Sometimes we don’t realize there is a problem until we get out of the bad situation. For me, that time occurred when I went to Europe and spent two weeks indulging in their traditional foods. Not only did I feel better the whole time I was there, I came home with a skeptical eye about what was readily available to me.
It all started at home with milk. I’m not a big milk drinker, but when I do, I like my milk to be as close to natural as possible. That means it comes from a cow, has all of the fat that it started with, and doesn’t contain added hormones and preservatives. Apparently I am odd, because America doesn’t seem to have a problem with rBGH, although the rest of the world does. So when I went to my local grocery store, searching for a non-hormone added variety of milk. The freezer clerk laughed at me and said “You must not be from around here..” He then handed me a carton of milk with a frozen fly stuck to its side.
I am not making this up.
Milk is just one of 10 things everyone else knows is bad … according to Dr Mercola. Interestingly enough, I drank no milk while in Europe. I don’t even remember seeing any.
I did see a lot of chocolate however. Probably because the majority of my time was spent in Belgium, and Belgium people love their chocolate… and their beer. Being the American that I am, I was reluctant to indulge in both at first.
Chocolate is a treat, and beer is alcohol- why in the world would I pollute my body with such trash…
But once again, I was misinformed by an American ideal of nutrition. We believe that chocolate and beer is bad because of the effects we have from eating it.. instead of considering that the quality of the ingredients as well as the presence of dangerous additives (corn syrup in chocolate??) might be doing the trick.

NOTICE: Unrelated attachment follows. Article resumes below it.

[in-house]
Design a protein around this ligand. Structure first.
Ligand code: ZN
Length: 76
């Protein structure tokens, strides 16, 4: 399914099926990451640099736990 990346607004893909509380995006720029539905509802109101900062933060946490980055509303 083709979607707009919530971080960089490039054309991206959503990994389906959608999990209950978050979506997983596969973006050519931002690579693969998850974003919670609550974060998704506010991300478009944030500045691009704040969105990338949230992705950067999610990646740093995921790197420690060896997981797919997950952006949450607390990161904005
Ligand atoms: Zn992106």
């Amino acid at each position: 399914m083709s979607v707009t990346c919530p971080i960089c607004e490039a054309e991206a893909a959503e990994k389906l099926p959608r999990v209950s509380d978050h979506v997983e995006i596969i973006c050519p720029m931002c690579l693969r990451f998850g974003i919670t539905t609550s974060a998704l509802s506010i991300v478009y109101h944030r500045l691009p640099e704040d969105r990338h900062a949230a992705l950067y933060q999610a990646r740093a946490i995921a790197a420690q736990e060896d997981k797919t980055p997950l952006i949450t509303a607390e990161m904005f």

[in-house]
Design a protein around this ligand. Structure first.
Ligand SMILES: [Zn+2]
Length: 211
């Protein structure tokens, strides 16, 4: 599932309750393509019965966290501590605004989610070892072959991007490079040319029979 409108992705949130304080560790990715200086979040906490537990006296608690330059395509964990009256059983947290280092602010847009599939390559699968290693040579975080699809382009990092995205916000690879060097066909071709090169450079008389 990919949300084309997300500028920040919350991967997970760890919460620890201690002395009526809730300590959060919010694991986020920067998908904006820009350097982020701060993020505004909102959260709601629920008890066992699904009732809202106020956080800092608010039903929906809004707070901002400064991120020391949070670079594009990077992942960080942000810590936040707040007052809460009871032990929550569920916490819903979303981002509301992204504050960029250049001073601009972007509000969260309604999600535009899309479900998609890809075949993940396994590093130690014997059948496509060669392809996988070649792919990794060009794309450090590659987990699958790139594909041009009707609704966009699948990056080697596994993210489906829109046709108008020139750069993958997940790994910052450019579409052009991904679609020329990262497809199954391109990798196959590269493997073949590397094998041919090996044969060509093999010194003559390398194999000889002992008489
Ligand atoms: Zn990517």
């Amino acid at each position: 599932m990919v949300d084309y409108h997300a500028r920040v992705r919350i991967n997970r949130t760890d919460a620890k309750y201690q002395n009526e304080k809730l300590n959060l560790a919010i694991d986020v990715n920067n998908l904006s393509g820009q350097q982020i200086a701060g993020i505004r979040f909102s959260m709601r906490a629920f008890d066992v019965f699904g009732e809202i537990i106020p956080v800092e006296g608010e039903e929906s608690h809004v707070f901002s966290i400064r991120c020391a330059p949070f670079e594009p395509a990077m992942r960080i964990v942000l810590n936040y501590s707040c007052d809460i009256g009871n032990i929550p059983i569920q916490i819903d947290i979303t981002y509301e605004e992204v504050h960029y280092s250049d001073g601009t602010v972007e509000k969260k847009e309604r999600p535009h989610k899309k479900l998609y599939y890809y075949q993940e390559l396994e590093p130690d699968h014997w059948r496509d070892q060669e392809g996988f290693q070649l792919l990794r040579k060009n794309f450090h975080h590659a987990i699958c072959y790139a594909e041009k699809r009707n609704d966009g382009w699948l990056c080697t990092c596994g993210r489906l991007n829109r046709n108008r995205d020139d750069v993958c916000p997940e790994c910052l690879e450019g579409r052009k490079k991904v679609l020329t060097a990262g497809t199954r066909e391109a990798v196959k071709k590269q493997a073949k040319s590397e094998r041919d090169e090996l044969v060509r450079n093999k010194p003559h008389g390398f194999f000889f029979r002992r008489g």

Instead we need medical studies to prove that chocolate is good for us and beer makes you smarter and prevents Type 2 diabetes … those crazy, not-fat Europeans.
Even my concept of fast food was thrown off its axis, after sampling a McDonald’s in Europe. Besides being rather empty in a hugely popular tourist city, my hashbrown and sausage patty was without it’s noticeable five-napkin serving of grease. I grabbed my food, grabbed my napkins, blotted, and stared at the dry napkin in shock.
This was not McDonalds.
Am I suggesting that fast food can be non-toxic? Well, I won’t go that far, but I am definitely open to the possibility. I mean, I’m a nibbler.. Throughout my two weeks I indulged in the following Belgium fast food fare:
- Fries (we’d call them French Fries) so perfect you don’t want to add ketchup.
- Midnight fast food spaghetti that didn’t make me nauseous
- Waffles so huge Waffle House would go out of business, covered with actual strawberries and actual whipped cream.
And then there were the bucket of mussels…. The glorious buckets of mussels… Thinking about those mussels make a bucket of KFC seem barbaric.
I’m not writing this post as a culinary review of my tasty time in Europe.. which strangely enough included a regular supply of beer and wine and not a drop of soda. .. I am writing it to introduce the idea that the American diet is substantially flawed. With all of our restrictive rules about what we can and can’t eat, low-fat; high-fiber;whole-grain…. we continue to indulge in things that kill us while shirking the ones that could benefit us.
In food and in life, moderation is key, and everything has its purpose. It’s only when we start screwing with nature, in order to make it convenient or profitable, that we start to screw with ourselves.
Do you agree, or do I just have a love affair with chocolate, mussels and fries?